Table of Contents:

Phase 1: Understanding and Using Revenue Stream Basics in the Platform

Phase 2: Building Custom Revenue Streams and Understanding Layers of Complexity


Phase 1: Intro and Revenue Streams Section Basics:

Time Stamps:

Intro to Revenue: 0:00-2:15

Adding Revenue Streams in the Platform and Adjusting Metrics: 2:16- 7:21

How to Add "Tiers" of Revenue and Divide Customers Between Them: 7:22- 13:17

Adding Additional "Types" of Revenue / More Revenue Streams: 13:18- 16:22

Seeing how Customer Acquisition Effects Revenue Streams: 16:23- 18:40

Key Takeaways from this Video:

Intro to Revenue: 0:00-2:15

  • Customer Acquisition drives your revenue streams. If you're looking to make your revenue projections larger or smaller you are almost universally going to visit your customer acquisition assumptions first to have the largest impact on future revenue.

  • To add a Revenue Stream to our financial model, we'll click the big purple action button in the upper-right corner of the page and select our appropriate revenue "Type". Then, we'll have the option to choose from a few variations of that revenue "type", usually "simple" or "advanced".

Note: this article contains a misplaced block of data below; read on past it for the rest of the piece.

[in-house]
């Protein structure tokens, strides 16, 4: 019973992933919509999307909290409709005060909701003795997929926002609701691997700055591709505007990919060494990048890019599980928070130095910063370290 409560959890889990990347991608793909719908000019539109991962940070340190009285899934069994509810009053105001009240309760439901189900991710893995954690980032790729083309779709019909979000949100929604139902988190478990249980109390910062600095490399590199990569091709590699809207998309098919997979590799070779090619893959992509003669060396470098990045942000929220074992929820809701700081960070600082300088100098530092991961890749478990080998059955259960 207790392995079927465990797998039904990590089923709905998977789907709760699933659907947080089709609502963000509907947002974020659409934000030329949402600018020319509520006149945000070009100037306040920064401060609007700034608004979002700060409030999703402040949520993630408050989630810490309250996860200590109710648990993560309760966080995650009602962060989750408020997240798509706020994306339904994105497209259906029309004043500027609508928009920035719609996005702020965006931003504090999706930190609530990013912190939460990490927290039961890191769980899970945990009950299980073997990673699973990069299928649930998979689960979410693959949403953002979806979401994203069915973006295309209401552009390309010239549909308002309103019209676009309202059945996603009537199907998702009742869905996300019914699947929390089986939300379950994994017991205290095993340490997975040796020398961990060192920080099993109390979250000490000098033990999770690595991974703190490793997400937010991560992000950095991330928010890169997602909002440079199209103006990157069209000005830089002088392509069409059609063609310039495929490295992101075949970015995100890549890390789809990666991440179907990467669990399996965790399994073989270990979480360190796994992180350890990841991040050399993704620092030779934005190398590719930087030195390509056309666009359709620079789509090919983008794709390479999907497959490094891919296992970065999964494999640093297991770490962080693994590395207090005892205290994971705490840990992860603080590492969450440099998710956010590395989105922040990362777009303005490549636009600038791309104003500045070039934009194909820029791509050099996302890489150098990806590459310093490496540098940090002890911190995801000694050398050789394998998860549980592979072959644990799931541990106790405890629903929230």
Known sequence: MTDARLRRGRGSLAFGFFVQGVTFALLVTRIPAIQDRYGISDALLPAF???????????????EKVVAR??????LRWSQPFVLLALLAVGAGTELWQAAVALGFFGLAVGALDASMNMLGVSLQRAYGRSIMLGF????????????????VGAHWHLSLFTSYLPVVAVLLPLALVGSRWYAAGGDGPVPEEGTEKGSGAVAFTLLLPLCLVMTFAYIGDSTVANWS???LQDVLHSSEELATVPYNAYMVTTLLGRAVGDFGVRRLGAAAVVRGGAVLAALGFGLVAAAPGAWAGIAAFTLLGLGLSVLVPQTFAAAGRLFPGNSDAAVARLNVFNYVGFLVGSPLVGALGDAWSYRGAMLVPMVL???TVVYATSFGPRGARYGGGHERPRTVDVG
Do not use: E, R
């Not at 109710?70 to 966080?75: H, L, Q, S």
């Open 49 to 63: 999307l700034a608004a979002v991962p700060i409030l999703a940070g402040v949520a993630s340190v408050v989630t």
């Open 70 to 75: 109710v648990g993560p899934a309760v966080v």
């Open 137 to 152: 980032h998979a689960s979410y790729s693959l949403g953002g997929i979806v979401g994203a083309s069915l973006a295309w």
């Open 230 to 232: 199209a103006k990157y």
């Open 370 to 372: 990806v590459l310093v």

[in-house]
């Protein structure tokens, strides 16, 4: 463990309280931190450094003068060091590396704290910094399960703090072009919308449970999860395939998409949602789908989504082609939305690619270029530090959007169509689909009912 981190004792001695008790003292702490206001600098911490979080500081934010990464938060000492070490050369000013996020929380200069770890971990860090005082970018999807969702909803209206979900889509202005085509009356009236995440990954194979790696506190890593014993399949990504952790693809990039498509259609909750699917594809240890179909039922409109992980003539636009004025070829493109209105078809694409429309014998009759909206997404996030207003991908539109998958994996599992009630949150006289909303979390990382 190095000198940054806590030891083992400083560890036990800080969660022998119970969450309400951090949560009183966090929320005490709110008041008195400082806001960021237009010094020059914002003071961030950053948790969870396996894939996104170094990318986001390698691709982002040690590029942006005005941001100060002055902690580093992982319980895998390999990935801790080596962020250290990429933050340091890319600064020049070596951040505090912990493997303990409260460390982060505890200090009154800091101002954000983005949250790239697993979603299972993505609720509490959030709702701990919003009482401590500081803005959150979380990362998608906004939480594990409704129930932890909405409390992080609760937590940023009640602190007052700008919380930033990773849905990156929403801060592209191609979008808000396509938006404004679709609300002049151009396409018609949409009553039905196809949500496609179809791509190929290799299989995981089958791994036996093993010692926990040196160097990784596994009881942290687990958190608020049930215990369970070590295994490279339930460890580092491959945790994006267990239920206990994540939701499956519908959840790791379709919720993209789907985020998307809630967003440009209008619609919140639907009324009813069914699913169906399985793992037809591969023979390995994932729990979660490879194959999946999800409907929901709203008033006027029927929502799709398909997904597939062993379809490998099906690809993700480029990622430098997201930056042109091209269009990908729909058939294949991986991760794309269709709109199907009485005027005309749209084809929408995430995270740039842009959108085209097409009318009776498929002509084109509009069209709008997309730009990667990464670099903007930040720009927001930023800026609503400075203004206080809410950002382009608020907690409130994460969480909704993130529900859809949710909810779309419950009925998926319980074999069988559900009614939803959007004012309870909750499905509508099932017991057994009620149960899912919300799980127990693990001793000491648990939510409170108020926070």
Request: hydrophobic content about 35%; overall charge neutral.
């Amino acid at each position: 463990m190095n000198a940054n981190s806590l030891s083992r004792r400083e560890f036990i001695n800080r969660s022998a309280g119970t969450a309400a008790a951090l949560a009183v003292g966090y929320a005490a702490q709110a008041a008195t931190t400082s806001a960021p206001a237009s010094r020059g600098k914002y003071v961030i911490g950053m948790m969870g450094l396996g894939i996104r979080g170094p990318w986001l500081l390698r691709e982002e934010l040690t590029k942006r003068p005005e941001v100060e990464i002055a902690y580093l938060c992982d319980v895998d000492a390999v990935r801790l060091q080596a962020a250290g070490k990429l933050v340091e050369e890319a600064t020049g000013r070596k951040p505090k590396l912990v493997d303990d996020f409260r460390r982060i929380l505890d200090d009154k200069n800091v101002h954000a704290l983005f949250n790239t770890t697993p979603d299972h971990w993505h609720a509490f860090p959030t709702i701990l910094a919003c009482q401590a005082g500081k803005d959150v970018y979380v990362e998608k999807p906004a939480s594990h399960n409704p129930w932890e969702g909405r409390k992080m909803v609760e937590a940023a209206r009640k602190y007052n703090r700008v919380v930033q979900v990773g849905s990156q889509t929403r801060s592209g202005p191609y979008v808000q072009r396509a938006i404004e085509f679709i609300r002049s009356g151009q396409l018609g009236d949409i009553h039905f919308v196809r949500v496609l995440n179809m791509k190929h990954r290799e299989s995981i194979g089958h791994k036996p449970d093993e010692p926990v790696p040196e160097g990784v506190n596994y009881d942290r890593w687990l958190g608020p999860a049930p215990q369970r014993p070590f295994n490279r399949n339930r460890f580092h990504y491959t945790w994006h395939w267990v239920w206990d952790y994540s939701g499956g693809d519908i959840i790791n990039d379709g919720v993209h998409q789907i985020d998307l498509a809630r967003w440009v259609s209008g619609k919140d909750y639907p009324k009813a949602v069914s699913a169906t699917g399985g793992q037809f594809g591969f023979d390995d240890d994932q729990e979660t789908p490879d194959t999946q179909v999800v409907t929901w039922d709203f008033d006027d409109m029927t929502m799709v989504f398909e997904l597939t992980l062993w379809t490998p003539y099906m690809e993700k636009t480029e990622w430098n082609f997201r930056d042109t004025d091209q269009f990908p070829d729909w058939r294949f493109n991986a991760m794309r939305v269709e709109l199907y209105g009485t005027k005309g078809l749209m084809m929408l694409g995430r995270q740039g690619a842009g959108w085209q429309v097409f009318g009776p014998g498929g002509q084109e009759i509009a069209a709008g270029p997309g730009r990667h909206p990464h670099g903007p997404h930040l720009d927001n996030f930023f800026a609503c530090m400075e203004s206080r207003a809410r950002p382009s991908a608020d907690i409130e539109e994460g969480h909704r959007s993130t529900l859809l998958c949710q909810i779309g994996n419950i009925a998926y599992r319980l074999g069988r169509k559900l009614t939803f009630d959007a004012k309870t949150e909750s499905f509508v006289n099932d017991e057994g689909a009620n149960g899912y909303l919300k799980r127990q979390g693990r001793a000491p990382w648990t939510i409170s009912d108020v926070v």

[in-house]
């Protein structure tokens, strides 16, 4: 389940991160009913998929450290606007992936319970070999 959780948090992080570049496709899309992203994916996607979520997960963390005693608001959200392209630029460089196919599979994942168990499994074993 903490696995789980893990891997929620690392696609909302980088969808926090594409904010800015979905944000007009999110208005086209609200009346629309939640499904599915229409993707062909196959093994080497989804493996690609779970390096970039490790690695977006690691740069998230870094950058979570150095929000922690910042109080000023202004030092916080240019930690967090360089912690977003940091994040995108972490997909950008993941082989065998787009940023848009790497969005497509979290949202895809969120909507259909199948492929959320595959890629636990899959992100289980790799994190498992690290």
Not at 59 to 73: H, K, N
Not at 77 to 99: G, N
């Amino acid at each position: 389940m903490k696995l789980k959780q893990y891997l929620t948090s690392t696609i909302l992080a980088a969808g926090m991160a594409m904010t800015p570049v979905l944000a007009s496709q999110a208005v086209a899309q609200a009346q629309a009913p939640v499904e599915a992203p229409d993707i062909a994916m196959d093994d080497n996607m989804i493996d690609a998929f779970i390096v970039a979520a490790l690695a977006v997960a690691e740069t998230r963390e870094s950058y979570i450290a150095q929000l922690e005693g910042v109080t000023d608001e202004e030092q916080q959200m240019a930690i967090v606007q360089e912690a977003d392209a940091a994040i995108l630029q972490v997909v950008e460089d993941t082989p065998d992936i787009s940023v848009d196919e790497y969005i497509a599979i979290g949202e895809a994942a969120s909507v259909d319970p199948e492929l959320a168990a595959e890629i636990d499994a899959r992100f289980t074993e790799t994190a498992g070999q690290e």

• "Simple" Build types of the different revenue streams are Disconnected from customer acquisition- they are NOT linked to customer acquisition by default.

  • "Advanced" or Other revenue streams NOT labeled as "Simple" are Connected to customer acquisition by default and will naturally pull in customers from customer acquisition.

Adding Revenue Streams in the Platform and Adjusting Metrics: 2:16- 7:21

  • As a person generally operating the model once it's set up, 95%-100% of operating your model and understanding it is feeling comfortable adjusting the input metrics (white background metrics), not messing with formulas / more complicated tasks.

How to Add "Tiers" of Revenue and Divide Customers Between Them: 7:22- 13:17

  • The "% of Total New Customers" metric is used to identify how many of the customers from customer acquisition choose the specific revenue stream that you're working in at the time.

    • If it's not possible for customers to choose to be in two revenue streams (For example, if it's not possible for a customer to be in a free tier and a pro tier) you need to manually make sure that your "% of Total New Customers" metrics across all the revenue streams (where this is true) equal up to 100%

      • Example:

        • Tier 1- 60%

        • Tier 2- 40%

    • If it IS possible for there to be overlap in two or more of your revenue streams / product offerings then it is okay to have the % of Total New Customers metrics (where this is true) equal up to MORE than 100%

      • Example: